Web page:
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Reality Check

By Dan Baumgartner on
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Mar 15 in Musings
Presidents Abraham Lincoln, Teddy Roosevelt, Franklin Roosevelt and Lyndon Johnson- what do they have in common? I was pondering this on vacation as I read Doris Kearns Goodwin's book Leadership in Turbulent Times.  Kearns is a prize-winning and bestselling historian who has previously written separately on these four presidents. In this book she uses "leadership" as the lens to view each of them. It is a fascinating study in many ways, but the thing which caught my eye in the biographical sketches was that all four men encountered devastating personal hardships. We tend to make celebrities out of our leaders and see them through rose-colored glasses, but real life is real life. "Rain falls on the just and the unjust."
What did real life look like for these four? Lincoln grew up in an impoverished family with a father who did not believe in education. Lincoln's proneness to melancholy as a young adult led his friends to remove all sharp objects from his house, afraid he might try to take his own life. Teddy Roosevelt was raised in affluence, and with a dad who wholeheartedly loved and invested in him...and yet died suddenly at age 46. Later his mother and wife died on the very same evening, his wife shortly after giving birth to their first child.  Distant cousin Franklin Roosevelt also lost a beloved father at an early age and then contracted polio, that crippled him for the rest of his life. Lyndon Johnson was devastated by an early career election loss and later suffered a heart attack that left him close to death.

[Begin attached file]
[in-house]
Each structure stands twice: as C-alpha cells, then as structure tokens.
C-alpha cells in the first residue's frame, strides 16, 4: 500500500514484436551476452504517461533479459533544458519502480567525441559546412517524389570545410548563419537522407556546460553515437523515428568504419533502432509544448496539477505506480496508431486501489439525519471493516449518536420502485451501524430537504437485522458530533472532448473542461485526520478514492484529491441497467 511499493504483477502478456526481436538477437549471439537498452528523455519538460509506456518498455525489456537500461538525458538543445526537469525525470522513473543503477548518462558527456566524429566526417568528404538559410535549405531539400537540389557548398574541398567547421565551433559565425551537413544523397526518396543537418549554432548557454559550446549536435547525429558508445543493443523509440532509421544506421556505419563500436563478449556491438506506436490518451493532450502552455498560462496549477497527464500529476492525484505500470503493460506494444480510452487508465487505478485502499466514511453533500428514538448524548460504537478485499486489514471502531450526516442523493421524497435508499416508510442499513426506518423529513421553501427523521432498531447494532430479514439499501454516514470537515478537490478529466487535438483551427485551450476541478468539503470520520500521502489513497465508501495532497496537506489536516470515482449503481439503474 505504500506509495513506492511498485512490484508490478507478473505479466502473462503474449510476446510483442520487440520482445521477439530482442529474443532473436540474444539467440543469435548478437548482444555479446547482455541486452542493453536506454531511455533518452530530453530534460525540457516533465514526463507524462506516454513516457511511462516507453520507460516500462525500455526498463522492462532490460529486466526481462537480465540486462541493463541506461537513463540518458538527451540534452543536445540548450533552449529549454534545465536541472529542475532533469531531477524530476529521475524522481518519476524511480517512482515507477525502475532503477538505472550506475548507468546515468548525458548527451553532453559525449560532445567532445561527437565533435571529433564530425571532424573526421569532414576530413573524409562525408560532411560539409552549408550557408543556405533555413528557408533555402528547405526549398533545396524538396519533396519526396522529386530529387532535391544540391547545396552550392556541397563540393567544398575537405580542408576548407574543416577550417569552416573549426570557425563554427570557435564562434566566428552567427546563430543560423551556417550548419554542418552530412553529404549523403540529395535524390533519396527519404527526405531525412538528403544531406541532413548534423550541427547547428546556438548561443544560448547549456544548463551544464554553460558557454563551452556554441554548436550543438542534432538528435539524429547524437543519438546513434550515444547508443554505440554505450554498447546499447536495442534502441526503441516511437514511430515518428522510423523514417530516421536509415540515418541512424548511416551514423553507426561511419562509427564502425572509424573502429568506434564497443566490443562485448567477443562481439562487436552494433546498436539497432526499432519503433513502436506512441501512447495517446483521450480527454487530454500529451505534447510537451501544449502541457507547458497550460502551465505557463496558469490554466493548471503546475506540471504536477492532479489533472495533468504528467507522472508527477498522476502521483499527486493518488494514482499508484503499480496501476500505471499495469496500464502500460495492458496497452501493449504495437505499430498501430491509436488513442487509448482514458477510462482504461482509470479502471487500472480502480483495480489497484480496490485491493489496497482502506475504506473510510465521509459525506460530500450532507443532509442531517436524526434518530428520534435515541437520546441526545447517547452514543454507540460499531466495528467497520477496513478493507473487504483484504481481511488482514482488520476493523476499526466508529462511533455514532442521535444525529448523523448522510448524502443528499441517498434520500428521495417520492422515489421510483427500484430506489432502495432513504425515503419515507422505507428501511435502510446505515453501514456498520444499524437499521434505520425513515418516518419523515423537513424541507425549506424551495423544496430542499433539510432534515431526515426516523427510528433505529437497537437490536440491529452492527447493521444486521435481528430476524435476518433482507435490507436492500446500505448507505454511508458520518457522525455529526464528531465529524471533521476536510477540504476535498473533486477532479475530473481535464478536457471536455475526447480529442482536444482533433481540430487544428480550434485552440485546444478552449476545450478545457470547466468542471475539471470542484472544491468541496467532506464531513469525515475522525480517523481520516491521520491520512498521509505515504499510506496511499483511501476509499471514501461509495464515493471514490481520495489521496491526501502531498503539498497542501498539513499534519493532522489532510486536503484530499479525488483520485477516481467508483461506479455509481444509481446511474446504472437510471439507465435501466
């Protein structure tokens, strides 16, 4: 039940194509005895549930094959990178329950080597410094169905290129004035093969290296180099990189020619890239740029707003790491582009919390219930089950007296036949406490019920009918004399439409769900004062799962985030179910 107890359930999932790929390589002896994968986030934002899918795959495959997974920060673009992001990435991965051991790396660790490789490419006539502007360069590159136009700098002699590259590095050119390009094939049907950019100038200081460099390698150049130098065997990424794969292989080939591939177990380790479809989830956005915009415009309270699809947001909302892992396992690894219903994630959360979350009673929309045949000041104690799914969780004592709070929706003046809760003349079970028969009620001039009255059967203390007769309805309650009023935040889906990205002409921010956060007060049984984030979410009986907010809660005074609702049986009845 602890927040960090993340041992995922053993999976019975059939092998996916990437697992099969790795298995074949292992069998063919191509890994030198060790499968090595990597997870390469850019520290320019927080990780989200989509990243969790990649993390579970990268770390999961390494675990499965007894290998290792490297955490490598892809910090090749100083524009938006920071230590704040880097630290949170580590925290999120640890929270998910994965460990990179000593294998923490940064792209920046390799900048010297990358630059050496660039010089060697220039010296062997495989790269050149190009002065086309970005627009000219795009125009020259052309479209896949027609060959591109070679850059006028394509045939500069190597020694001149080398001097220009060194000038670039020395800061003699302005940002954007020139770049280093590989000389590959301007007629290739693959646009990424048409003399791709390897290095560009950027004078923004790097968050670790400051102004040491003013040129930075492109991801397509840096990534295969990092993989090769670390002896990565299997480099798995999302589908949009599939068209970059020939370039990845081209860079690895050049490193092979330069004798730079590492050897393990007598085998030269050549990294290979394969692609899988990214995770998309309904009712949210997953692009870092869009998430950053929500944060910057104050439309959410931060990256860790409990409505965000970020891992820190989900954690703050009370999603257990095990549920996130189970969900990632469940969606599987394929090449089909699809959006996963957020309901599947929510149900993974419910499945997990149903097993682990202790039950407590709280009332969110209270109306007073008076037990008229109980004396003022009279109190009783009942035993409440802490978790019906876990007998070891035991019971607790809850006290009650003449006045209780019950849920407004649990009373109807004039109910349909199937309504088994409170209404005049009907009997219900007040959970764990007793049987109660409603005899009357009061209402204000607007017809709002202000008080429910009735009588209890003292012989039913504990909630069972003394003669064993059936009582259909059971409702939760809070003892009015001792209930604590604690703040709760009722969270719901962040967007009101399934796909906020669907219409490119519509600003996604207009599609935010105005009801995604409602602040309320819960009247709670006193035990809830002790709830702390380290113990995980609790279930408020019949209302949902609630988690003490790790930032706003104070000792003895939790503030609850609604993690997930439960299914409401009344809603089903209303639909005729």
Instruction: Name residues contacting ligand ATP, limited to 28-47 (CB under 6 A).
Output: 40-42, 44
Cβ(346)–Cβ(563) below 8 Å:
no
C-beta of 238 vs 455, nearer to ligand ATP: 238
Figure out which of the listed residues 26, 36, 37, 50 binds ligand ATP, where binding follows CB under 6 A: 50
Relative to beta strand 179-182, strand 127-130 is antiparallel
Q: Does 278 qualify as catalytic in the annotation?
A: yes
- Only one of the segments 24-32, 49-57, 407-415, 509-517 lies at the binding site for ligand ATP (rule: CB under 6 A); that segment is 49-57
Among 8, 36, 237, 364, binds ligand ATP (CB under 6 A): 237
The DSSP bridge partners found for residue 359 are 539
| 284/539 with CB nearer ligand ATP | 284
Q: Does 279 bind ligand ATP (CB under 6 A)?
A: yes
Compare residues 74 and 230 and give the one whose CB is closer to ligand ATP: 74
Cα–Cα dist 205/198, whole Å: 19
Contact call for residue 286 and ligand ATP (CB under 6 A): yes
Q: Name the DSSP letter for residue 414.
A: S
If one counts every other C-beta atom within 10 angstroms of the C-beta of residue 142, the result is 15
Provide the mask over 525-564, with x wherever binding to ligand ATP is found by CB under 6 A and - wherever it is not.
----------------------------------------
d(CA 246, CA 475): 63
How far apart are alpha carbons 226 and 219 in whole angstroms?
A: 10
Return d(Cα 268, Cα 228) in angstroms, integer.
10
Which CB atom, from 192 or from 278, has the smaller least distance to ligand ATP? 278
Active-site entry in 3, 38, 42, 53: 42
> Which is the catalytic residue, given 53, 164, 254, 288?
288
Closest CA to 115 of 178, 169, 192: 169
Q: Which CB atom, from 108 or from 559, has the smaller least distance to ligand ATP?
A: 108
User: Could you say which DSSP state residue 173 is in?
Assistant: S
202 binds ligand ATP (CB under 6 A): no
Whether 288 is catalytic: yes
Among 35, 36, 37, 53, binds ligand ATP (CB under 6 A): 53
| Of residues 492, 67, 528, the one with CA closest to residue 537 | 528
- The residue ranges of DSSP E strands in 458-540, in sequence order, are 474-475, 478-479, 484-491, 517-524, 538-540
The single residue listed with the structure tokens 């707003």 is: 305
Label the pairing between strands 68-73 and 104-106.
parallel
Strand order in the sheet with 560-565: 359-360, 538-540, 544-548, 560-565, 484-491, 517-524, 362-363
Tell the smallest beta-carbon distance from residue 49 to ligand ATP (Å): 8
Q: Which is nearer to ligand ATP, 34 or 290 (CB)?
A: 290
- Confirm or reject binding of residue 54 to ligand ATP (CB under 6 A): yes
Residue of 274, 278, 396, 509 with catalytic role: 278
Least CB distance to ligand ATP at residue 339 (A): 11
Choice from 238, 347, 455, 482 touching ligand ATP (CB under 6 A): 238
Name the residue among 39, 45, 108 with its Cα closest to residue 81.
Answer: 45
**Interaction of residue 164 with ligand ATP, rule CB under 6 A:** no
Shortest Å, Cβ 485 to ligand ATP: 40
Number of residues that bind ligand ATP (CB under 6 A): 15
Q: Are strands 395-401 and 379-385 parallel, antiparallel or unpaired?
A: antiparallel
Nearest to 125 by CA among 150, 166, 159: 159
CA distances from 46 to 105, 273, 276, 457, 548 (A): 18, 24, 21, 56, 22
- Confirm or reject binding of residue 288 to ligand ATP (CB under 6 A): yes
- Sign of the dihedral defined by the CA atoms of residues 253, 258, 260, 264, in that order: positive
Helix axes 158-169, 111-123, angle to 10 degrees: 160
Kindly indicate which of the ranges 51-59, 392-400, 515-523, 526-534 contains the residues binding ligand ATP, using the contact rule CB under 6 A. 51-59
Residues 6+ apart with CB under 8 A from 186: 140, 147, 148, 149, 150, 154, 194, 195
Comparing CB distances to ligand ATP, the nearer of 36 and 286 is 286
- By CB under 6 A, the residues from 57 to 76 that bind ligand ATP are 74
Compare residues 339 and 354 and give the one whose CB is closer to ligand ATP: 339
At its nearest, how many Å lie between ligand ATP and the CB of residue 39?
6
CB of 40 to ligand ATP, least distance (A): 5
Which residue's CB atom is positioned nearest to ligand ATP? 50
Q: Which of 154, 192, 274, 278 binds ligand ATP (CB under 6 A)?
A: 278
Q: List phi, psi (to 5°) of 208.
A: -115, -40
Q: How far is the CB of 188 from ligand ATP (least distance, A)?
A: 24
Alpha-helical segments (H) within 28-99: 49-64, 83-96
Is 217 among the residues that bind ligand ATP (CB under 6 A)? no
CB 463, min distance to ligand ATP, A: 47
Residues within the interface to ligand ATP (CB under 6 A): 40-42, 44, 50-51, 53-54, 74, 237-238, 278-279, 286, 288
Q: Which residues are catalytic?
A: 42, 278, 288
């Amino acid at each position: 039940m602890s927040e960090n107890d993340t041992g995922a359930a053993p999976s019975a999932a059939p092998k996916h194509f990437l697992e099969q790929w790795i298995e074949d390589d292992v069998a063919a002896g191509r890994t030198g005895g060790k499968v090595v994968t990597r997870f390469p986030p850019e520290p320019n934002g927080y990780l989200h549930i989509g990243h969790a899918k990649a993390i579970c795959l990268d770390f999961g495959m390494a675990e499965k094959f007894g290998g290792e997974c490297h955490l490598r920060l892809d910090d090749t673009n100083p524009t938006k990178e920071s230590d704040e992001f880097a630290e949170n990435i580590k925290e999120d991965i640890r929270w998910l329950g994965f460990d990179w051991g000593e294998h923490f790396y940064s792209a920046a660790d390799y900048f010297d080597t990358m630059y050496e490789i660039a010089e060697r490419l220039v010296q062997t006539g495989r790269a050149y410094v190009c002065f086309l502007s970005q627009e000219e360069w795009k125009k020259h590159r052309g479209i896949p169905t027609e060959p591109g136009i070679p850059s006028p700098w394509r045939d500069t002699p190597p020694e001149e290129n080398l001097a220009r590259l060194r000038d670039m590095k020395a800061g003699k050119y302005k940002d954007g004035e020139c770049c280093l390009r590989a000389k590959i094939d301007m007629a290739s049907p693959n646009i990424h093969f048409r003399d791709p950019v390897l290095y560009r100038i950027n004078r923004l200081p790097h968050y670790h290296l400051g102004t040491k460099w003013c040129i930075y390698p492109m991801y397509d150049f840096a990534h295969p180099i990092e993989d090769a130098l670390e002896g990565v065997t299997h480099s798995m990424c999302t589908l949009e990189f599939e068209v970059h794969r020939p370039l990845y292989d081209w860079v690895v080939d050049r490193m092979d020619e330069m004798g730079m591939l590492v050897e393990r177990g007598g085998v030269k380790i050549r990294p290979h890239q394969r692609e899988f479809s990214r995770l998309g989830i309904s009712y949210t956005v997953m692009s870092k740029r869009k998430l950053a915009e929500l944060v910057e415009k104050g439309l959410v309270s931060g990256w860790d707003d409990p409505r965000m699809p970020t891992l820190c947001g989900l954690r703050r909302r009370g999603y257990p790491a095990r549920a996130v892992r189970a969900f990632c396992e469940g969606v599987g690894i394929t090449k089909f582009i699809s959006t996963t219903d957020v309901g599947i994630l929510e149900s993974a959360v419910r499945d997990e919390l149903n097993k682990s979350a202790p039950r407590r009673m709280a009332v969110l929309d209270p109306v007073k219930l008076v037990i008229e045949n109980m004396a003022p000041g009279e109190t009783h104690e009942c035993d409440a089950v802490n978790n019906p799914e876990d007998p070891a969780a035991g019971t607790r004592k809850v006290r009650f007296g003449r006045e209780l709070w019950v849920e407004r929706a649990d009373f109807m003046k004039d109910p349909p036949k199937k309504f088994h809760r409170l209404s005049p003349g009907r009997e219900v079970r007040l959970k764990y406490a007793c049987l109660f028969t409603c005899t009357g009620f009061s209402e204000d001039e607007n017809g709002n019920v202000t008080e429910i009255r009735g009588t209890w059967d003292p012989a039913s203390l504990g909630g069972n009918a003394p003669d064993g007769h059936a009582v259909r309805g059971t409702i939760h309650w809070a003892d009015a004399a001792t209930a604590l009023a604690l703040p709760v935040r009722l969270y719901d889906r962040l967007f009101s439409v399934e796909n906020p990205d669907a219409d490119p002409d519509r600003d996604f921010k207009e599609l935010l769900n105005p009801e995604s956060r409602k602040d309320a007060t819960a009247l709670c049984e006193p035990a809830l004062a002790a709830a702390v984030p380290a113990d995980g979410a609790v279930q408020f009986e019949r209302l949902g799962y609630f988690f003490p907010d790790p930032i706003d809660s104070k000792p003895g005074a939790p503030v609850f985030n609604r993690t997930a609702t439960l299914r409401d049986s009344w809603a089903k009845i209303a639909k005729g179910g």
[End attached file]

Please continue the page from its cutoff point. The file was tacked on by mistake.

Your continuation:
The truth is, real life has hardship. A lot of it. People suffer loss, encounter failure, see dreams die and get sick. What do people of faith do with such calamity?  Sometimes we pretend that struggle and hardship won't happen to people who follow Jesus. This is the message of the prosperity gospel: only good comes to God's people, whether money or health or protection. Even those of us who reject such thinking on biblical grounds (in scripture it seems that God's people encounter more trouble, not less!) often carry some deep belief that we will be spared pain or trials. This is simply not true.
        
The story of Job from the Old Testament can give us a healthier perspective and a more realistic one. Job encountered more tragedy in a short amount of time than most people do in a lifetime.  He prayed, railed at God, argued with friends and thought about theology as he tried to make sense of his life. In the end, Job never received much of an answer. But he did receive the assurance of God's presence. And that seemed to be enough.
        Do you have something hard going on in your life, or with loved ones around you?  Most of us do, one way or another. Job's word to us is a good one–watch for God. Don't let the difficulties of your life crowd out the ability to see God's presence, or hear his voice. Yes, God is still in the miracle business...but there is also an ongoing miracle constantly unfolding. God-With-Us.

See you soon,
                 Pastor Dan

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